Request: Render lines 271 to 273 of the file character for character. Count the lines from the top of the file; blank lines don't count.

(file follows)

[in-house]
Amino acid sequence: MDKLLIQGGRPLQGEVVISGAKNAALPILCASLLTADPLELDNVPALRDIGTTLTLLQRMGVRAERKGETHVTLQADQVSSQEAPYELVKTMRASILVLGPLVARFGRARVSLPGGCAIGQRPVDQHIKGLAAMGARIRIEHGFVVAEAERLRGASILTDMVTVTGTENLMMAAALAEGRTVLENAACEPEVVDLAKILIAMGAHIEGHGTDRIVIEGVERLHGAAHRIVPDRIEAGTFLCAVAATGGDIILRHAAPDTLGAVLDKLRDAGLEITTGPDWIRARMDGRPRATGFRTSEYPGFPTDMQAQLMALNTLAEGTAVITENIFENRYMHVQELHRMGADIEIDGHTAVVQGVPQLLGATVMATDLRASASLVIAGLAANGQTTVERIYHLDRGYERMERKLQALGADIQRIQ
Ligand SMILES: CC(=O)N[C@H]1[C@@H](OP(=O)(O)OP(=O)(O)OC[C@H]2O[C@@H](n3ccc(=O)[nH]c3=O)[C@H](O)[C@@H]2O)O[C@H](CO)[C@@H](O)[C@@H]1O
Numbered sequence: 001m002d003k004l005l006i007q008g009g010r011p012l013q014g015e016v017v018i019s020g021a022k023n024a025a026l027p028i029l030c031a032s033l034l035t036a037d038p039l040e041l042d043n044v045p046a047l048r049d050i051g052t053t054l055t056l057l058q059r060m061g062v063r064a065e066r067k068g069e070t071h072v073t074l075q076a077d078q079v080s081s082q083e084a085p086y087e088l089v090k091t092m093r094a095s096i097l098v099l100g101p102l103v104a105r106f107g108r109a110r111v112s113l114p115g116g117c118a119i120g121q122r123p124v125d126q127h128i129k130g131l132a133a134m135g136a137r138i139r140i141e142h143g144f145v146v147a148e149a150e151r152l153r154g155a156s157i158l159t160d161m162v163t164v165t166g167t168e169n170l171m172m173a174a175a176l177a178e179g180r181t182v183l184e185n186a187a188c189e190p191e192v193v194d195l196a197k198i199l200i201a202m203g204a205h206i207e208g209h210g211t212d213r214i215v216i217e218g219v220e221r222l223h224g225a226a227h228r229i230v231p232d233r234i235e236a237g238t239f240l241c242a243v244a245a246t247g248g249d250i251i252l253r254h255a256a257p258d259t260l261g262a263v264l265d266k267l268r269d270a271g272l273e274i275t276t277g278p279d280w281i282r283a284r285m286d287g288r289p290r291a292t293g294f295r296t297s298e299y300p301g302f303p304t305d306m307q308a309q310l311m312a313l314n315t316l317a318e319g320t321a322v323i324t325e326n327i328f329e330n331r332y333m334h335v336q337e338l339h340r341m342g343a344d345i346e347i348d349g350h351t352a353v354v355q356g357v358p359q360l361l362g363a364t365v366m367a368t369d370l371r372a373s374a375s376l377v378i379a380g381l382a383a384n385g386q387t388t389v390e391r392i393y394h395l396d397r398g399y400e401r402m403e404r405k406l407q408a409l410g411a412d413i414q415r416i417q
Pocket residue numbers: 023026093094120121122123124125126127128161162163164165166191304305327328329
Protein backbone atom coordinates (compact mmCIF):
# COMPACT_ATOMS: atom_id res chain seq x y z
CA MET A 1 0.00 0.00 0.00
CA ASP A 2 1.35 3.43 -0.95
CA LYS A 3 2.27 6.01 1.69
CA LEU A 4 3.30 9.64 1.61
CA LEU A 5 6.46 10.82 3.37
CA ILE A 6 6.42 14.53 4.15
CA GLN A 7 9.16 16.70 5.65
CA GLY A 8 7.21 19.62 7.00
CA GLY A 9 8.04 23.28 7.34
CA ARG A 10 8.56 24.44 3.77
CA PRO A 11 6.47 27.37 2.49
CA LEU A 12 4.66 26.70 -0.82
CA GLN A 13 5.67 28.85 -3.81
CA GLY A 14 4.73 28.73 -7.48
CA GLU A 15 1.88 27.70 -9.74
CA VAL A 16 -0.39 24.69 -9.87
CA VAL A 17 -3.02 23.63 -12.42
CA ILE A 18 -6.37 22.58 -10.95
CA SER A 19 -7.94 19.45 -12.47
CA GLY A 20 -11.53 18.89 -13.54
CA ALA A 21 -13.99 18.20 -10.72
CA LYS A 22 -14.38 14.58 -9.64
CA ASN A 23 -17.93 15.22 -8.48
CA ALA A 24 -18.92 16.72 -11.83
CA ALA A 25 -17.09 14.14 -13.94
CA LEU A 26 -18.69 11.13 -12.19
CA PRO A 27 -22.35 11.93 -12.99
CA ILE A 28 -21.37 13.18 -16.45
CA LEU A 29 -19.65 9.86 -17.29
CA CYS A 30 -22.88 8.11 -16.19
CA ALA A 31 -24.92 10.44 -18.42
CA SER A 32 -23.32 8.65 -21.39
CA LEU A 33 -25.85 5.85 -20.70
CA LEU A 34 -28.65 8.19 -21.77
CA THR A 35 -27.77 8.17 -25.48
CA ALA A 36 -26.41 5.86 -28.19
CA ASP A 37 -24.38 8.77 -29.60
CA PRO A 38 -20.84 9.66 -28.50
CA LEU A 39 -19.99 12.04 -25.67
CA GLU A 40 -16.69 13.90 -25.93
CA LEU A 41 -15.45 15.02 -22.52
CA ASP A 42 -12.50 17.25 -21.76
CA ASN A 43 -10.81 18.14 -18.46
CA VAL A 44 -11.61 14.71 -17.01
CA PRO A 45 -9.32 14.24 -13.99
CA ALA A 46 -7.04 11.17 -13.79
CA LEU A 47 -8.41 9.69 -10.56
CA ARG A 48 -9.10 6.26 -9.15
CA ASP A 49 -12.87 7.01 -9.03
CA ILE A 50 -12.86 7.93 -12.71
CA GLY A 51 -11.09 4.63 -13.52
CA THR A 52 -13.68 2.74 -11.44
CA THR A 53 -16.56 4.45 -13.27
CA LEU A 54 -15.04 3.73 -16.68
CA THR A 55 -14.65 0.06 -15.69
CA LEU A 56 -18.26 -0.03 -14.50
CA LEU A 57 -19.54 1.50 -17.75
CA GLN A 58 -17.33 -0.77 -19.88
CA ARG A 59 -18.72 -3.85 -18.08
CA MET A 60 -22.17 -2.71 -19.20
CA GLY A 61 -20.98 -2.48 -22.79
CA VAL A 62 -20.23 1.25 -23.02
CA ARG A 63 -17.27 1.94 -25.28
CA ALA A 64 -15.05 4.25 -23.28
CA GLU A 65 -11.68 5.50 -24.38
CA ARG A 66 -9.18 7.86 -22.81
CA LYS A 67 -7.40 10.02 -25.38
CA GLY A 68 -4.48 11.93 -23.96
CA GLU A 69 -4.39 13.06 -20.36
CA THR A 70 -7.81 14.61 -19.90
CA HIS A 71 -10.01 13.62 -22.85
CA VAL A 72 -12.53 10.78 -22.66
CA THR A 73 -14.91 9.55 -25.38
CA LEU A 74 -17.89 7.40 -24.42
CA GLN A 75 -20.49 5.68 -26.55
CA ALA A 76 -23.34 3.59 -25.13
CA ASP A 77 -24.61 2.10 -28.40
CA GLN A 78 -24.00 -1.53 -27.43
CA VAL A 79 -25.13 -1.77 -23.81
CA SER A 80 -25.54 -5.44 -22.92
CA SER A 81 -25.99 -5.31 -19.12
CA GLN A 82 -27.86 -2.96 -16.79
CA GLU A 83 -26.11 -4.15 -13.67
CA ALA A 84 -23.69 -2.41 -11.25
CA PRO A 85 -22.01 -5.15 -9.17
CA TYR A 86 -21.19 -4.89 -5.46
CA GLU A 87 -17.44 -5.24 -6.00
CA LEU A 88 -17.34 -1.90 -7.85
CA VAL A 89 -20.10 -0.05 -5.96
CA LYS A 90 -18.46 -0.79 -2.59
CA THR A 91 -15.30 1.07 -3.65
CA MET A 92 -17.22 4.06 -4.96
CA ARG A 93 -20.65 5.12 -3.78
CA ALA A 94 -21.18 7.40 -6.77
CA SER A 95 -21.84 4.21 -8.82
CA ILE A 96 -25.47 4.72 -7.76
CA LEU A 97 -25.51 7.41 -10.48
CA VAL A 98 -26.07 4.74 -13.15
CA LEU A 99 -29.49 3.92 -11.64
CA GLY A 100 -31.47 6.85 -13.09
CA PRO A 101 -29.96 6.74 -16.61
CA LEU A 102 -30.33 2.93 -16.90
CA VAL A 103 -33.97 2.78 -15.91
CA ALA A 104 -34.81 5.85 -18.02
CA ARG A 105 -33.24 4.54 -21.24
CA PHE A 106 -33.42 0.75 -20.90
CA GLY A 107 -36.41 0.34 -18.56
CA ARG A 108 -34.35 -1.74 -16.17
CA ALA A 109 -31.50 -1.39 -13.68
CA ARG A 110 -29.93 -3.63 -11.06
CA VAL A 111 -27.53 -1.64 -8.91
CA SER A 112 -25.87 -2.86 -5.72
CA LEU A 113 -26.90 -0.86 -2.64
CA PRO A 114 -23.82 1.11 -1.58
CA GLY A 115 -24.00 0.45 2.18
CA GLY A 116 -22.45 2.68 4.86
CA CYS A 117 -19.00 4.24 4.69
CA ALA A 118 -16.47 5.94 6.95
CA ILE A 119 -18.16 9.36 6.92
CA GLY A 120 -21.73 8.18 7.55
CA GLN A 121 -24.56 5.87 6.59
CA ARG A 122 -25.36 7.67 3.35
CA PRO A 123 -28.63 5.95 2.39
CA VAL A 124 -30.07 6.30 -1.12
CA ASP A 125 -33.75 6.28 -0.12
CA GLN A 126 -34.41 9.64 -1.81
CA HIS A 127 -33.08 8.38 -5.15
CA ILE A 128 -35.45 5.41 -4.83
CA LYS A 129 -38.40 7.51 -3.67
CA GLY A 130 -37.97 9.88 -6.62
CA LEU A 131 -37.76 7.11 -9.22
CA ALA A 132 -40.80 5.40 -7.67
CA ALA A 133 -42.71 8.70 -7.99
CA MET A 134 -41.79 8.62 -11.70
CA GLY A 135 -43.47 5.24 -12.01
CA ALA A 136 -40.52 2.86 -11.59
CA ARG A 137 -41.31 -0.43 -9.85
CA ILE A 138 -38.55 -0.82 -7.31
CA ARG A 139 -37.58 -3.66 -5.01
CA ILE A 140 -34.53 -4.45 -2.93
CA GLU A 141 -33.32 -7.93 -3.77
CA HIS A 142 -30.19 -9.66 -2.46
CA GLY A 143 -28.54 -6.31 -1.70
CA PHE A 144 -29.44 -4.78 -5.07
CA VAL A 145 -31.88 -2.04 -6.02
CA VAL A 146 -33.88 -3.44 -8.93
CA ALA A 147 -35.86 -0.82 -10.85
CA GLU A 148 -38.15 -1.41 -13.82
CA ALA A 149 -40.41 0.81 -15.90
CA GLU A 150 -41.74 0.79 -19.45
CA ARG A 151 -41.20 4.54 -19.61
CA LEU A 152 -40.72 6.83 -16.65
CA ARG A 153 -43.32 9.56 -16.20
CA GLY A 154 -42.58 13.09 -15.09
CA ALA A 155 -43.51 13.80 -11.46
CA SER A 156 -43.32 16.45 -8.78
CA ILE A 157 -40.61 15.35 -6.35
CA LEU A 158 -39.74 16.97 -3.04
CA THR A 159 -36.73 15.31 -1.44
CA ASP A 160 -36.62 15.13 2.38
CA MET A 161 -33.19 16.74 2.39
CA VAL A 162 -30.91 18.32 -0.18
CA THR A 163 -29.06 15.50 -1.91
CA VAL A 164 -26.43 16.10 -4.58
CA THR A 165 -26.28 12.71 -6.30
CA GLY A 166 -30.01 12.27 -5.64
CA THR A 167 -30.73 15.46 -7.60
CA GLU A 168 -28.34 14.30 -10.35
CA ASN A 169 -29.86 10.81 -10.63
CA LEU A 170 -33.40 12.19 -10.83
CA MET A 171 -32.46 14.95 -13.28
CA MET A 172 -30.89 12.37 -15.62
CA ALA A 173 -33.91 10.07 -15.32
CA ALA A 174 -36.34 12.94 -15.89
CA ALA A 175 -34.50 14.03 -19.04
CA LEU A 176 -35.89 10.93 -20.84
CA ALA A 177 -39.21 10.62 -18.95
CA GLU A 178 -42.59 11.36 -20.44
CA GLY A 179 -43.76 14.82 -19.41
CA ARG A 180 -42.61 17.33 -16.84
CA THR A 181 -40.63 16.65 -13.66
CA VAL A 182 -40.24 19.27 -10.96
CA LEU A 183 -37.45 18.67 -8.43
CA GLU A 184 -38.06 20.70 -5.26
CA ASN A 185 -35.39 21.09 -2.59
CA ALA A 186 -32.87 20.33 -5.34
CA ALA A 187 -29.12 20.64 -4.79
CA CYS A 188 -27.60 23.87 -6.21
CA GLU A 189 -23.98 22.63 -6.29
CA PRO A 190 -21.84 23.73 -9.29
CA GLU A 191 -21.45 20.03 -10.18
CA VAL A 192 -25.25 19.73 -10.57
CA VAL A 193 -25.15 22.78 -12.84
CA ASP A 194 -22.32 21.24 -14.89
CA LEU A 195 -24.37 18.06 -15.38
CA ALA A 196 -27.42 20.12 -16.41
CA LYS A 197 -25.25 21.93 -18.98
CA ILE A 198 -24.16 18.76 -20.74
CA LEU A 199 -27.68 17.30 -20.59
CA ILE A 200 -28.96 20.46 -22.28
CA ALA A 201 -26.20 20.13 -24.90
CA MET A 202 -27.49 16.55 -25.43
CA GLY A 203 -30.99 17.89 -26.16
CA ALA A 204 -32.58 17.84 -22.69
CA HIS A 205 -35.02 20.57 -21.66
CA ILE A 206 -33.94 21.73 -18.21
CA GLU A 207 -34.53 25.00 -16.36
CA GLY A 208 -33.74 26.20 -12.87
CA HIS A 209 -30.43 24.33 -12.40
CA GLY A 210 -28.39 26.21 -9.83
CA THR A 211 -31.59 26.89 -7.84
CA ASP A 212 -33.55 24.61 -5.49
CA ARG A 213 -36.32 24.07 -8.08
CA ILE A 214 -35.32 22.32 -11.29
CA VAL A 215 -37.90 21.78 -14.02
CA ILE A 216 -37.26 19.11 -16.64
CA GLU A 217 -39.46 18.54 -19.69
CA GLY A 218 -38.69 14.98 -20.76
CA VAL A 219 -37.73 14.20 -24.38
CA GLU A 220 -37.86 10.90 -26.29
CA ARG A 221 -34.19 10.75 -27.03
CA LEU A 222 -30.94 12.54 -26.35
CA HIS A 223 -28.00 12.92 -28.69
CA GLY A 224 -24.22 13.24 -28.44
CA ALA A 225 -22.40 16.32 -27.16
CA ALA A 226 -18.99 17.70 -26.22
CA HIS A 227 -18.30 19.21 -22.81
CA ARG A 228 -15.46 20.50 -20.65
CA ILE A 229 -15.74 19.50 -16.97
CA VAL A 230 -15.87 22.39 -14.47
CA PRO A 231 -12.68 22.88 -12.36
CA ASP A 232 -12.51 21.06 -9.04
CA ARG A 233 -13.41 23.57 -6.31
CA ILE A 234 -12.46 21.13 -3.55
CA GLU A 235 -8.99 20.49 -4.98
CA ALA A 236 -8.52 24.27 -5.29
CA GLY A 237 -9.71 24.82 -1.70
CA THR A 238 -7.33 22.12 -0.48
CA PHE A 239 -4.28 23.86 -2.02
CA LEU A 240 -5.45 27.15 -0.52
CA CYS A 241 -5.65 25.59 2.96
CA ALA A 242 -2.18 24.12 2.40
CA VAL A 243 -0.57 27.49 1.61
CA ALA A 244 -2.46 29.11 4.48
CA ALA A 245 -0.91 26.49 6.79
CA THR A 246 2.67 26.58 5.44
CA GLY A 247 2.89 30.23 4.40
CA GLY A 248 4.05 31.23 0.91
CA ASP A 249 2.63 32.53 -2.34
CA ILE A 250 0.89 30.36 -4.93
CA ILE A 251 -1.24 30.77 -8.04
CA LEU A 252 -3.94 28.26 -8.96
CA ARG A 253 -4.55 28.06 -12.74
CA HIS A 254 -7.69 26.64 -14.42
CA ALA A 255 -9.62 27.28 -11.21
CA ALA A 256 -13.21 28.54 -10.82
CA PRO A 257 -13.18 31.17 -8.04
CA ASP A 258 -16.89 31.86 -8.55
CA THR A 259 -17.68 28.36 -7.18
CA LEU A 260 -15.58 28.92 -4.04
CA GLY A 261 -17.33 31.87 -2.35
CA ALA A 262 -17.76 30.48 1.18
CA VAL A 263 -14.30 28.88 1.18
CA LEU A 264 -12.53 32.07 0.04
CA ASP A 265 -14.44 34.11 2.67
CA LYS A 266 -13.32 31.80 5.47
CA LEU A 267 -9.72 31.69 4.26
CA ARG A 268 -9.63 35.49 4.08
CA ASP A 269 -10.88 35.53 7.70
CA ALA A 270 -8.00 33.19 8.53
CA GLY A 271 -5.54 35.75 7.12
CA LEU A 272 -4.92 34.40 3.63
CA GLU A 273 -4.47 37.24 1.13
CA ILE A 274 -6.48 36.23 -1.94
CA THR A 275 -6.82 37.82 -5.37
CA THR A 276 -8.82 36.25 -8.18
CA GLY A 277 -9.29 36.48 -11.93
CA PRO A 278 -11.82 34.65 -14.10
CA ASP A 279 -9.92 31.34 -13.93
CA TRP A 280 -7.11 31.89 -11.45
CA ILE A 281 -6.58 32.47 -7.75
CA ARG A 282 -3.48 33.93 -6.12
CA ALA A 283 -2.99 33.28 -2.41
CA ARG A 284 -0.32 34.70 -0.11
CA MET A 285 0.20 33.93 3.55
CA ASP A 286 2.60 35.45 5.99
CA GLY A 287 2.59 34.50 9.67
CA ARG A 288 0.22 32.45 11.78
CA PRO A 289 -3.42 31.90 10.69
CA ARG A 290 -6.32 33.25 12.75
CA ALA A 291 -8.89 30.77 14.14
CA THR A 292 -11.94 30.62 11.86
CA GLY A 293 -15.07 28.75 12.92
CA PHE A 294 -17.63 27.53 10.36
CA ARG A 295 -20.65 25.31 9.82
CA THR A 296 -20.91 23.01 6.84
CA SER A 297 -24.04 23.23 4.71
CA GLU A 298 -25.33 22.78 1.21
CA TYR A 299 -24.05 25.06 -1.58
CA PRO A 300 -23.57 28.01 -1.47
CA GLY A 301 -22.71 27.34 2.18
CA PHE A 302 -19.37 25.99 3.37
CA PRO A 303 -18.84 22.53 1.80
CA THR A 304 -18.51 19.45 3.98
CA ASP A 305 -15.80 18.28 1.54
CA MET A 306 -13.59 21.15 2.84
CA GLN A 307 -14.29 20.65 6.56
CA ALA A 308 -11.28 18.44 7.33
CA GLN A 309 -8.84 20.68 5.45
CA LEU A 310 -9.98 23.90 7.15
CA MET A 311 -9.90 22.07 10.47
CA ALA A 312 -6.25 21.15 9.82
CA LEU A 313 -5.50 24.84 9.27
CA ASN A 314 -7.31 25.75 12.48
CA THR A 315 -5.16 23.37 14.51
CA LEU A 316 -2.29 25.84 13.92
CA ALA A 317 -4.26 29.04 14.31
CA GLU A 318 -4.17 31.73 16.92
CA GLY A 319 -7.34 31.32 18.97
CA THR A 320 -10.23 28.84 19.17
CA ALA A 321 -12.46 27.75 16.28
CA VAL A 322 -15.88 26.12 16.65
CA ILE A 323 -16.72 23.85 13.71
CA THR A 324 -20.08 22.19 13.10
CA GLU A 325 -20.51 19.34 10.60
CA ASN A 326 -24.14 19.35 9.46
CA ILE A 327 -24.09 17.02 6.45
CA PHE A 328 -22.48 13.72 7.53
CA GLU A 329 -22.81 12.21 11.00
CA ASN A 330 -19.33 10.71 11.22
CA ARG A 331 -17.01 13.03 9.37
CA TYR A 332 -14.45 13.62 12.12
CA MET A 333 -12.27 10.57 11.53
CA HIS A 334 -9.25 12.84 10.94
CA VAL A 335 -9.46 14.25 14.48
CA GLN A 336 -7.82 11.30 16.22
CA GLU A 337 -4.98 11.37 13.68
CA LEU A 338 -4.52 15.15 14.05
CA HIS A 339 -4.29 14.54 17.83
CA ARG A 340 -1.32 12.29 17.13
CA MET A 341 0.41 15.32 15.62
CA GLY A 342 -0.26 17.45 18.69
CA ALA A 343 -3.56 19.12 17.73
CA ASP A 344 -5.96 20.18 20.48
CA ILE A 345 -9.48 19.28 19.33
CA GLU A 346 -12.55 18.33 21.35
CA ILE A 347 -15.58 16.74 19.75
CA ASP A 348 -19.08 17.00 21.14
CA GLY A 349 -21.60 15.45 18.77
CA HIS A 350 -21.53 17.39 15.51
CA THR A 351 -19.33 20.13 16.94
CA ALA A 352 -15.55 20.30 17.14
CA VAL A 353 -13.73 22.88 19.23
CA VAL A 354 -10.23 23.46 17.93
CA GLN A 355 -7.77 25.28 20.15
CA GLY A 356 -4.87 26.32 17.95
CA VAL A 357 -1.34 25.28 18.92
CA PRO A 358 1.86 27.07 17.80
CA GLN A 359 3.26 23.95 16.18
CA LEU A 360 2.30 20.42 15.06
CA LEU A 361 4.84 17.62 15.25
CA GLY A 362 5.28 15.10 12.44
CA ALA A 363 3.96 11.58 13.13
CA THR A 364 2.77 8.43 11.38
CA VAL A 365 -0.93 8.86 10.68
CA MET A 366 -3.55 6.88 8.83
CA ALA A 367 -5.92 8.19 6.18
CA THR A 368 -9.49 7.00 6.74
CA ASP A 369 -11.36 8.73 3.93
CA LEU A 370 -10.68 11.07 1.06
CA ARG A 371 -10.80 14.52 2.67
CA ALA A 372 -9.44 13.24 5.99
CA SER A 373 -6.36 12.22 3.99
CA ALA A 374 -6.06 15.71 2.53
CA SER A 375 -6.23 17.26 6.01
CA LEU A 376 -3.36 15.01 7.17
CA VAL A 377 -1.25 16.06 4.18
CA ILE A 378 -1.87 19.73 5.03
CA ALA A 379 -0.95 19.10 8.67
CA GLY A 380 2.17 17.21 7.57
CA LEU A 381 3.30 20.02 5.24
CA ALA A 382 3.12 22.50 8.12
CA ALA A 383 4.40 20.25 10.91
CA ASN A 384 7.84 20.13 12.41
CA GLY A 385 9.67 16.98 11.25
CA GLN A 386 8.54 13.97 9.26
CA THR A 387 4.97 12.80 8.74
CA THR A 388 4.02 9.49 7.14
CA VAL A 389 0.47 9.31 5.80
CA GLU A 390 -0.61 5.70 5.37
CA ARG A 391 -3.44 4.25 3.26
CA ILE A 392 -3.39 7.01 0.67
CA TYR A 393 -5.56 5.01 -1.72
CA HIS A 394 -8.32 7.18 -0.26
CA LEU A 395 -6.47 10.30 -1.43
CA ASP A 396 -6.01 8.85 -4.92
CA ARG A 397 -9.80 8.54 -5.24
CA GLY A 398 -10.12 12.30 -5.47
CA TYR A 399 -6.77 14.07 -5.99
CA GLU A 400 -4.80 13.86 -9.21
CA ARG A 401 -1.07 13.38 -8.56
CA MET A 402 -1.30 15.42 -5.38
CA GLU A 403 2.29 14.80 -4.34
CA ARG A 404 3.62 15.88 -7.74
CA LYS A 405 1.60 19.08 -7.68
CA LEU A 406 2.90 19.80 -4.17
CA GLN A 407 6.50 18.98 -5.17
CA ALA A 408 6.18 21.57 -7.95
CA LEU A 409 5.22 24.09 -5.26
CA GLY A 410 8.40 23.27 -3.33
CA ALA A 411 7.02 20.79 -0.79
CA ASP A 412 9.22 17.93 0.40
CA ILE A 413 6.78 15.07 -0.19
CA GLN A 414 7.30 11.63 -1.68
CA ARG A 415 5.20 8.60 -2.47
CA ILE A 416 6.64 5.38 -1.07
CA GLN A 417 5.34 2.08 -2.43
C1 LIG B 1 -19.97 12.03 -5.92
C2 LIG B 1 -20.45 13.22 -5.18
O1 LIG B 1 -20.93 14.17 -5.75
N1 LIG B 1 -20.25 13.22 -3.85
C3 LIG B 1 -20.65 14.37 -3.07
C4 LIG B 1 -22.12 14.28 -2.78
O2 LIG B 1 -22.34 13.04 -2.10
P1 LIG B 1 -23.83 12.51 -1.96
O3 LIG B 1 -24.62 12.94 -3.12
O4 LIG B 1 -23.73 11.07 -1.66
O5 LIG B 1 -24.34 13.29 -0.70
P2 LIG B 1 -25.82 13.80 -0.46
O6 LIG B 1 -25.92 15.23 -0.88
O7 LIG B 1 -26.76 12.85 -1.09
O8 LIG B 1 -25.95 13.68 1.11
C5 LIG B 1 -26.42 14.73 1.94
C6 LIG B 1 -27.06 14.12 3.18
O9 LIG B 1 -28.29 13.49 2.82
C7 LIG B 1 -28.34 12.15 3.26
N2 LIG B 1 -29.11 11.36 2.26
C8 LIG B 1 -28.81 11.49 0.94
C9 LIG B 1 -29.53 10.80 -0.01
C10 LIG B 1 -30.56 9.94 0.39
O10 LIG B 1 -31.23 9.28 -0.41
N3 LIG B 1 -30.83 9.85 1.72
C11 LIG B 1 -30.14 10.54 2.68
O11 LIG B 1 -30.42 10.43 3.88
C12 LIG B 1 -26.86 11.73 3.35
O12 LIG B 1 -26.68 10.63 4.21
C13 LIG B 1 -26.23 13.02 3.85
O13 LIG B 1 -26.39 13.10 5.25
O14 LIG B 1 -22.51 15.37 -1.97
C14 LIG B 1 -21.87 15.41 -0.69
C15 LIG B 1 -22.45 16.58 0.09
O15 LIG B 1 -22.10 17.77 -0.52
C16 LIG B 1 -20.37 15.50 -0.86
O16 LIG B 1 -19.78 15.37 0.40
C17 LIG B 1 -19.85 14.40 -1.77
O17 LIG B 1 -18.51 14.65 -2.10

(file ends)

CA LEU A 264 -12.53 32.07 0.04
CA ASP A 265 -14.44 34.11 2.67
CA LYS A 266 -13.32 31.80 5.47